My city feels strangely still right now. I normally hear the sounds from the elementary school nearby, or people walking their dogs, the swish of cars driving by on the street. But it’s oddly quiet at the moment, the only sound the squawking from a few irritable crows whose life mission is to make sure I wake up at some ungodly hour and to interrupt any coherent thoughts I have during the day.
I live in Seattle, the epicenter of the U.S. Coronavirus outbreak. My town has, over the last week, folded in on itself, a slow-motion capture of an amoeba being poked, only with more panicked trips to Costco (I’m bad at analogies.)
Locally, Seattle Public Schools have been canceled for the next two weeks. Big employers are telling people to work from home. Restaurants are closing by the dozens – and Asian restaurants in particular are being brutally hit (while nationally, hate crimes against Asian Americans are being reported). The governor has called for a cancellation of gatherings of more than 250 people. We can’t seem to get testing kits for the virus, because that would mean knowing just how widespread this all is (the Seattle doctor who first discovered the outbreak in the area was told by the CDC to cease and desist her testing).
Stores are selling out of toilet paper and disinfectant and limiting how much people can buy.
Yesterday, the President instituted a ban on travel to Europe (with exemptions to the countries where he has golf courses). Rand and I postponed trips to Italy, the U.K., and Minneapolis, as a bunch of conferences have been canceled.
And I am sitting in my office, typing at a keyboard that I have just wiped down with a disinfecting cloth. Everything in my office has been disinfected. The keyboard, the mouse, the monitor, the stretch of desk underneath it. I didn’t stop there. I ran Lysol wipes over light switches and door knobs and banisters yesterday, I wiped down faucets and the edges of sinks and random stretches of wall that seemed to incur more contact with humans. While others stocked up on bleach and soap and toilet paper, I took stock of what I already had and shrugged. I grabbed another bottle of Clorox, just in case. I already have so many spray bottles of bleach throughout the house. So many rags and sponges and anti-bacterial wipes.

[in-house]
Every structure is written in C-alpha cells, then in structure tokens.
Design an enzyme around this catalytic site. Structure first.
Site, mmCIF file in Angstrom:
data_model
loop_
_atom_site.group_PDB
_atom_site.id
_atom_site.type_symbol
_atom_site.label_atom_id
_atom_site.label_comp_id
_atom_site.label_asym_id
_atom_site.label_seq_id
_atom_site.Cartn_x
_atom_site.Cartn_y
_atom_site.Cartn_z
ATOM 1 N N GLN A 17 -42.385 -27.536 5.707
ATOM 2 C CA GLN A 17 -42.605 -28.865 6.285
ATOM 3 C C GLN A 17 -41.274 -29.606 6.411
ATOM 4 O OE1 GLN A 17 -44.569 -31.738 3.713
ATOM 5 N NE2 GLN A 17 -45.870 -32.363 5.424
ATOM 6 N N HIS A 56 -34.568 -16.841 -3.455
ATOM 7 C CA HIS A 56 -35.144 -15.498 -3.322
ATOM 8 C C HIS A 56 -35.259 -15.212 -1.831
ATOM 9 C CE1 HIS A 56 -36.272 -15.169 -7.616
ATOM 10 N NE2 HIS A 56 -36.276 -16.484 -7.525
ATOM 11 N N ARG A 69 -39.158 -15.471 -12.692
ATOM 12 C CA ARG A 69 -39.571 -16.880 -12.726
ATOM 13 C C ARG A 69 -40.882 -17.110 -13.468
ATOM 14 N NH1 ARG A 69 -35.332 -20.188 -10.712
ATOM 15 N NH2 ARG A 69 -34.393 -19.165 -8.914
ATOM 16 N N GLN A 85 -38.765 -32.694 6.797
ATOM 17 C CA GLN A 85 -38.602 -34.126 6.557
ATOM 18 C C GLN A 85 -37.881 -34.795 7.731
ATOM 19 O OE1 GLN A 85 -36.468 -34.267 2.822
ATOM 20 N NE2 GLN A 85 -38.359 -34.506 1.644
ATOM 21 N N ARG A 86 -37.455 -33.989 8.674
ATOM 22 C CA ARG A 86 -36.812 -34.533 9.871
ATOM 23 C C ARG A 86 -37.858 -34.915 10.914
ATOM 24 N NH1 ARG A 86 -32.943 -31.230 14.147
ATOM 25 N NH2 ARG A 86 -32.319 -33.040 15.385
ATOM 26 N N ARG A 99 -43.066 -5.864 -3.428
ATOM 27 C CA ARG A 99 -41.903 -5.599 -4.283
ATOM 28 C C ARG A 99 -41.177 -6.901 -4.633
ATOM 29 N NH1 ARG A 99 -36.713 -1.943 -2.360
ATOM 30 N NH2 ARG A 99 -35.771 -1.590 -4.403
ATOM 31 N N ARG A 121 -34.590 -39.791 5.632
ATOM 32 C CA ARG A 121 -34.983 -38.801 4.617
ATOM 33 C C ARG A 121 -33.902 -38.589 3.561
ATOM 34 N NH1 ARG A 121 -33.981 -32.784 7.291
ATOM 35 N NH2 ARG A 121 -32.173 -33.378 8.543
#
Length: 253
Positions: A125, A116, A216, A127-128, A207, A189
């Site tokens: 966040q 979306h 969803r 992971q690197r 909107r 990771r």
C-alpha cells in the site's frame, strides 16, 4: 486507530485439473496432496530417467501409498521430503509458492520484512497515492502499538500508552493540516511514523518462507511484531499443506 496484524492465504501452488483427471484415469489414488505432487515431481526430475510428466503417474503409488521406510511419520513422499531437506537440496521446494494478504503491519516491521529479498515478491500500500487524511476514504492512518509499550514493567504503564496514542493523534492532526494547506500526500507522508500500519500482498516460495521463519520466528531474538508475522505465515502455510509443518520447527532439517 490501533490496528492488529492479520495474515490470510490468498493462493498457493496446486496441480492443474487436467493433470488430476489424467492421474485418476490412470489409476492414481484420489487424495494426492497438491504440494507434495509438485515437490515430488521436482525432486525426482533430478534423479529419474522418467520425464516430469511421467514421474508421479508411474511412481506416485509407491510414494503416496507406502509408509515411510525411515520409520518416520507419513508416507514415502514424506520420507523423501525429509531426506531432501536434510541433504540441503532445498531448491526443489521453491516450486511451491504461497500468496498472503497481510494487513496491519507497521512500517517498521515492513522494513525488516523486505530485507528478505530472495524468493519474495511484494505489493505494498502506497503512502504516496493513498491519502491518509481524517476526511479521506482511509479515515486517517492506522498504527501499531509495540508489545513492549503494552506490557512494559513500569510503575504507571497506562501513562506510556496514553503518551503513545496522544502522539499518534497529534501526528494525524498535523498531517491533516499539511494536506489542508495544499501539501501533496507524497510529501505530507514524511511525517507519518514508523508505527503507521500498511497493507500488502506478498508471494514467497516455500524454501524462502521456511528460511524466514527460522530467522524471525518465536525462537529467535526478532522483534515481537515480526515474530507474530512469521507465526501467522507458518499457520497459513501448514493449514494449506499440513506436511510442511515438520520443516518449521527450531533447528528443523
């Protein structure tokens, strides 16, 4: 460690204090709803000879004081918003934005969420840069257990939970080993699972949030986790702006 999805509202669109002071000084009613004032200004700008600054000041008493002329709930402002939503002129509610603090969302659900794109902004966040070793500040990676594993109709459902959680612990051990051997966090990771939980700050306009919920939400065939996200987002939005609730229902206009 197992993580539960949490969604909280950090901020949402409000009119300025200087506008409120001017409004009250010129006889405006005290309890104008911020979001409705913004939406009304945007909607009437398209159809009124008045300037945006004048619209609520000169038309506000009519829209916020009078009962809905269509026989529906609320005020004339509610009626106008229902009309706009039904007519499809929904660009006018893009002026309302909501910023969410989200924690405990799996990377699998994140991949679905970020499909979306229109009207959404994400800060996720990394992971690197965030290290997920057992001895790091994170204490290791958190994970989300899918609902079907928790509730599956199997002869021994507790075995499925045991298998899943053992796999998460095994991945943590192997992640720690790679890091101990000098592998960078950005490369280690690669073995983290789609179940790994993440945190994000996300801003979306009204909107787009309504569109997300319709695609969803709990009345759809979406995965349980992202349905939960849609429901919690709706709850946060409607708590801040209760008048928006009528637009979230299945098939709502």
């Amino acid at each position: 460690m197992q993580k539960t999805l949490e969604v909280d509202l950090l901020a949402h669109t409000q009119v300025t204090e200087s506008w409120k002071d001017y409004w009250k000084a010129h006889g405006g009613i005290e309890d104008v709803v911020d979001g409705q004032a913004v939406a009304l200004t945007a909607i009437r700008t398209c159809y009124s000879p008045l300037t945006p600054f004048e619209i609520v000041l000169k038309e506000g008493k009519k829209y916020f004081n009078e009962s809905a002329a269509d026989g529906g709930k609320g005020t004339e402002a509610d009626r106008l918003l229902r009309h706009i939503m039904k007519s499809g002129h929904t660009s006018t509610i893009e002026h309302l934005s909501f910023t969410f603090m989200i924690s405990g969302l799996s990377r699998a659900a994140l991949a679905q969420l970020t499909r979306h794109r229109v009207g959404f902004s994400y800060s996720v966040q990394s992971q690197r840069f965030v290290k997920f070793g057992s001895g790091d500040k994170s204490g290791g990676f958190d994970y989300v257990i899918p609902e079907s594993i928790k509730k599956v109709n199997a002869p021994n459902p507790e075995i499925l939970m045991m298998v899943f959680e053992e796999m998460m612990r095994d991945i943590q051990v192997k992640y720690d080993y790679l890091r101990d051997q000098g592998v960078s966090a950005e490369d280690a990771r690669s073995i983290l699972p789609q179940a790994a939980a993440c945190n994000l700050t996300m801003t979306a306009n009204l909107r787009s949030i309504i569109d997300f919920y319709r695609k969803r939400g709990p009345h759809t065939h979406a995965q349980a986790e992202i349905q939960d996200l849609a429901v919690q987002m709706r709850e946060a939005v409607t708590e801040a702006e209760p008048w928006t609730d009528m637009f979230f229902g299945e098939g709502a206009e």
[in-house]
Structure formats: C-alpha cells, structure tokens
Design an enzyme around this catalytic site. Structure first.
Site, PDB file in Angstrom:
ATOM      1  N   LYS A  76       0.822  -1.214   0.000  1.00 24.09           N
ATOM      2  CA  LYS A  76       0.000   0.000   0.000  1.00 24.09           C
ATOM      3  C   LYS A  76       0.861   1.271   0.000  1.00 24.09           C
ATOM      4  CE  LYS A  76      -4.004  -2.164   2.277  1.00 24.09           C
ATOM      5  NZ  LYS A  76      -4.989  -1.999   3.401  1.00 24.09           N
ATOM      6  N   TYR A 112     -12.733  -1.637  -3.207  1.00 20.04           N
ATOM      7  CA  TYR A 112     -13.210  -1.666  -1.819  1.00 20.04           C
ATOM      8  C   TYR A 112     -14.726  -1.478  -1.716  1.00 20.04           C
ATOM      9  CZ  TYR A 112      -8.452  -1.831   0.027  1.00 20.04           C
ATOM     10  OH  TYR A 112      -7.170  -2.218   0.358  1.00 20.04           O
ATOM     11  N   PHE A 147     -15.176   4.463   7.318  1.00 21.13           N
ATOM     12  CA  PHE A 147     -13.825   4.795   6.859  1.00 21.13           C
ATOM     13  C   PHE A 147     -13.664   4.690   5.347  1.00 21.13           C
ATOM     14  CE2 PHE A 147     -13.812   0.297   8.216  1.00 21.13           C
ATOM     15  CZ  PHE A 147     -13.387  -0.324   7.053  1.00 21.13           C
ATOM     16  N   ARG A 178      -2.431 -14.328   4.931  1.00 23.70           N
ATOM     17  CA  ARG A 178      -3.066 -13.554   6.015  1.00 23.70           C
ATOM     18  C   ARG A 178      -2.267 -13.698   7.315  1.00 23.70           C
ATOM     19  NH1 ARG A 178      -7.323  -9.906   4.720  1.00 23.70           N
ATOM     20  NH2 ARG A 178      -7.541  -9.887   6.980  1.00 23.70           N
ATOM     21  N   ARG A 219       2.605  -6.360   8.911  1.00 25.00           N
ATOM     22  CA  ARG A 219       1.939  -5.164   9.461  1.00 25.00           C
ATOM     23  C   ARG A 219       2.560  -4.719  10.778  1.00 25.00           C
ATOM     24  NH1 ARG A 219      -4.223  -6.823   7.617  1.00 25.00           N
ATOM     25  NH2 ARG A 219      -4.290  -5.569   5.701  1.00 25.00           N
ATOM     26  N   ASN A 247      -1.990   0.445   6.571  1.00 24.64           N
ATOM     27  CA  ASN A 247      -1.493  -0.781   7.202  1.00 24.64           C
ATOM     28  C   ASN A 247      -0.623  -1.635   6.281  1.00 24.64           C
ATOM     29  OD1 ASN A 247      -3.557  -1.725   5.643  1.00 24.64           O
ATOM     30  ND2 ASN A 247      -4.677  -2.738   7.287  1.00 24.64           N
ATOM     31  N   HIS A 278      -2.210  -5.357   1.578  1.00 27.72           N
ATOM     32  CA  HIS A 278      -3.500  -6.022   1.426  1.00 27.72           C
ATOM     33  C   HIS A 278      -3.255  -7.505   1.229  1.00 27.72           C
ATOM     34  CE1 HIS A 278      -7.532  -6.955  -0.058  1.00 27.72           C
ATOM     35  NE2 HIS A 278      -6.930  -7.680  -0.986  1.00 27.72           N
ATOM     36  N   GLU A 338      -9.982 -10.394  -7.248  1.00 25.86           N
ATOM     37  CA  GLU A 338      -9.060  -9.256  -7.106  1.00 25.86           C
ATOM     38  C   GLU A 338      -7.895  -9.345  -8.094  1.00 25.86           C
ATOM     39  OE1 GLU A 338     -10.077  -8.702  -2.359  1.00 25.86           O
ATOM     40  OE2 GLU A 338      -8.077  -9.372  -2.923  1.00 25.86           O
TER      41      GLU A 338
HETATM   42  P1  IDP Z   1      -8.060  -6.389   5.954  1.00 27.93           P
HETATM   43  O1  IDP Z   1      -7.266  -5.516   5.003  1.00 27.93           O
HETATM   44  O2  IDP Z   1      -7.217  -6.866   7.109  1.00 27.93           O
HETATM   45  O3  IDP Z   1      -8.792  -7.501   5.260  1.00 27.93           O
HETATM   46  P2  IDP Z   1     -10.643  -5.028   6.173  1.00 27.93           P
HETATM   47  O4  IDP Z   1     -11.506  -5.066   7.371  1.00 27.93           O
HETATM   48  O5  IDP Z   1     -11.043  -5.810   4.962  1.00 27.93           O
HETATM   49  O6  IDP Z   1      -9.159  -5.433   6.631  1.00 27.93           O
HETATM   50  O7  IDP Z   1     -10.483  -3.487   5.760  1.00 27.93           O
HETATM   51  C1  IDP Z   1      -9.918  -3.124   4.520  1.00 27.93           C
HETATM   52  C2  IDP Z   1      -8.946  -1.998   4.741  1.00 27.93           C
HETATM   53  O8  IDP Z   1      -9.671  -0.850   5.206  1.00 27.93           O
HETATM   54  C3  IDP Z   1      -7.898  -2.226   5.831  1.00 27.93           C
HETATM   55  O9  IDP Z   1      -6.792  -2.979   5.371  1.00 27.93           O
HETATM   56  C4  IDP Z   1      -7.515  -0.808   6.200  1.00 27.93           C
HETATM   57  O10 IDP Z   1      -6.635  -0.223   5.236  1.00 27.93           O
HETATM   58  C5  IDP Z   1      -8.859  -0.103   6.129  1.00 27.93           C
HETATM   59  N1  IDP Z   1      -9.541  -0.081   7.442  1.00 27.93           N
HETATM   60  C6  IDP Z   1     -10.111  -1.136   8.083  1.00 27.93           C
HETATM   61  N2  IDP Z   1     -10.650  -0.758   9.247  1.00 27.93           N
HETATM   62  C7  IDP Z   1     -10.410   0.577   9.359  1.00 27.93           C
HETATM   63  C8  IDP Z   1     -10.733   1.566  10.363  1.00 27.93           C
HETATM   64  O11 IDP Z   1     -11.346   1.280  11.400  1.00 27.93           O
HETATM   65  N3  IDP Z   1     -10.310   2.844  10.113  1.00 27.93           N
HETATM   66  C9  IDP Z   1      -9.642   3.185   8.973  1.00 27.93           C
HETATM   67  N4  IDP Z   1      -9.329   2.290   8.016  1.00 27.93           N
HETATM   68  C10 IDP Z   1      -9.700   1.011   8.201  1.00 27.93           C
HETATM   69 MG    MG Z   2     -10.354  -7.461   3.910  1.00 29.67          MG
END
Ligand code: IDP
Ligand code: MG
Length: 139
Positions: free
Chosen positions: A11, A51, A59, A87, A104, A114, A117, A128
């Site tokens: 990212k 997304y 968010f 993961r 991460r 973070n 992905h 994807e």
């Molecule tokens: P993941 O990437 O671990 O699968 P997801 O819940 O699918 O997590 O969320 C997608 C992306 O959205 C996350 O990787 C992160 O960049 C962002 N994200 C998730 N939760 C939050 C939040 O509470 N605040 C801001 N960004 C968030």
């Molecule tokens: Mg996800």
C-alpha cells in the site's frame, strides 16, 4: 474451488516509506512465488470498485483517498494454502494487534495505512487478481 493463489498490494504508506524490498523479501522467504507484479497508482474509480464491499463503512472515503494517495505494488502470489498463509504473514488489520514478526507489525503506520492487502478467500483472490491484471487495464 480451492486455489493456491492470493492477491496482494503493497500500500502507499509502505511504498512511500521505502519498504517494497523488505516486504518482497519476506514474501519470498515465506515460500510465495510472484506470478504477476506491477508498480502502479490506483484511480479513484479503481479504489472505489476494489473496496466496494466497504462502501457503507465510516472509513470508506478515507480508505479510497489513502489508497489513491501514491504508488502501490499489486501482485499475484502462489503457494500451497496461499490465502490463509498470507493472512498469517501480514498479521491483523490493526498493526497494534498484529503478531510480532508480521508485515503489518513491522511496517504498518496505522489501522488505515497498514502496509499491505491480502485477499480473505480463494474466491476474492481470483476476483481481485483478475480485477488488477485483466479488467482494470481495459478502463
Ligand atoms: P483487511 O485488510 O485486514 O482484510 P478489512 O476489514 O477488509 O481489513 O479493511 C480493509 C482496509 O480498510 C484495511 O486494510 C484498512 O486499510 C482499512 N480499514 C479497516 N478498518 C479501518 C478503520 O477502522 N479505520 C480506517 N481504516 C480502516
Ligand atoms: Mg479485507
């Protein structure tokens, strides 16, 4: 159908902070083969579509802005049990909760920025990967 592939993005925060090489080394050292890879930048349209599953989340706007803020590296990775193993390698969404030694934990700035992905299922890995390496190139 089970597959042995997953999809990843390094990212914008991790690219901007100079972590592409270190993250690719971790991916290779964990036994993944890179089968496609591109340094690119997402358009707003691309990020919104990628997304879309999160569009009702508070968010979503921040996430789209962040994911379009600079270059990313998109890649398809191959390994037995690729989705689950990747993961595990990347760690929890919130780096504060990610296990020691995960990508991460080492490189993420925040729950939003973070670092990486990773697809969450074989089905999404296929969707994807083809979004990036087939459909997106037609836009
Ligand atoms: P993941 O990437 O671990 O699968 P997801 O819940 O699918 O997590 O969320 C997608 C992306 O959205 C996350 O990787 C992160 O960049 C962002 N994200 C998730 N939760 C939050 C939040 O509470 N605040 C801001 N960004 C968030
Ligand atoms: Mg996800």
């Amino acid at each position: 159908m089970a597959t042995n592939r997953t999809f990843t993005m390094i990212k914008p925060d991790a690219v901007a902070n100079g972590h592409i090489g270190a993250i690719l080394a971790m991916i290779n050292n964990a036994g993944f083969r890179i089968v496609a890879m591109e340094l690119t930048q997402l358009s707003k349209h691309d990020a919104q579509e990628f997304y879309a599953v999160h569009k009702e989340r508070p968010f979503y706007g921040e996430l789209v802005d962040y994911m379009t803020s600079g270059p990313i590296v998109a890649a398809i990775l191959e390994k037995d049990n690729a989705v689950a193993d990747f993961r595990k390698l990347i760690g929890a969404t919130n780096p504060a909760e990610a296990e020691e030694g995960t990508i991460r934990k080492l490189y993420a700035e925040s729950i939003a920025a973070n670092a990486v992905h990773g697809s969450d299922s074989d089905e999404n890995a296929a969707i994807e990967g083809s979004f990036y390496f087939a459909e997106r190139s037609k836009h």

Being a germaphobe during an epidemic is a strange thing, because it’s like you’ve been training for it your entire life.
I am tempted to judge people frantically stockpiling items in some vain attempt to protect themselves from invisible harm, but let’s be real: that’s how I live my life. My pantry is full. I buy lots of hand soap. I have so, so, so many rolls of paper towels. Somehow, the accumulation of all of these things in my home makes me feel safe. It makes me think I’m ready for anything, even when I’m not. It gives me some semblance of control over the things I cannot control.
“We have fifty rolls of toilet paper,” I told Rand.
“Oh, god, why did you buy fifty rolls of toilet paper?”
“I didn’t. That’s just how many we had.”
“Should I get more?”
A friend once used a dish towel to wipe something off of my floor, and I nearly threw him out of my house. (They aren’t called floor towels.)
Last weekend I coughed in public. As people at the end of an aisle scattered, I wanted to yell at them: Now you know. Now you know what’s it like to be me all the time. Convinced, at any given moment bacteria will jump from the ether on to you. When I was 11, I washed my hands constantly, because I was certain that I was going to get cholera. Cholera. (Which, honestly, it was Florida, so perhaps it was a fair enough concern. But what 11-year-old even knows what cholera is?) After I used the bathroom, I’d splash my hands with rubbing alcohol.
I’ve always been ahead of the curve.
I wipe down my tray table and airplane seat with a disinfecting wipe every time I fly. I run it over the surfaces we might touch, and afterwards, I use Purell on my hands. I see other travelers watching me. I remember one woman starting at me and then giving her husband a look – an eyebrows raised, “that woman is crazy” look. I wonder how much toilet paper she’s purchased in the last few days. I wonder if she’d think I was crazy now.
When I got a brain tumor in 2012, I dismissed it immediately, because it was beyond the realm of things I could have prepared for with extra grocery trips and Clorox. My family of hypochondriacs went into a panic, while I blithely asked my doctor what the odds were that my tumor was a LEGO I’d shoved up my nose as a child. (“It is definitely not that,” he said, either the master of the deadpan, or refusing to indulge my joke.) It wasn’t until weeks or months or years later that I realized that perhaps it was a big deal. That brain surgery is a whole to-do. But it was beyond my scope of control so … *shrugs*
People always worry that their headaches are actually brain tumors. I was convinced my brain tumor was actually just a headache.
My mother came to take care of me in the aftermath of my surgery, keeping an eye on me while Rand was at work. She used my Swiffer to clean my floors but did so without attaching a cleaning pad. She just scraped the plastic holder along the floor, while I sat, staples in my head, thinking, “That is not how you clean,” but being unable to articulate the thought. Being unable to articulate any thought, really. It was the lack of control that got me, of course. God, I couldn’t even clean my house the way I wanted. Just imagine.
I text my cousins in Italy and make sure that everyone is okay. That my 94-year-old great-aunt continues to be fine. In Seattle, I open up my cabinet and I stare at all of the cleaning supplies, at the piles of canned goods, at the rolls and rolls of paper towels and toilet paper. At things that were all here long before news of this epidemic broke.
“I think I’m getting sick,” my friends say, worried.
“I know,” I tell them. God, how I know.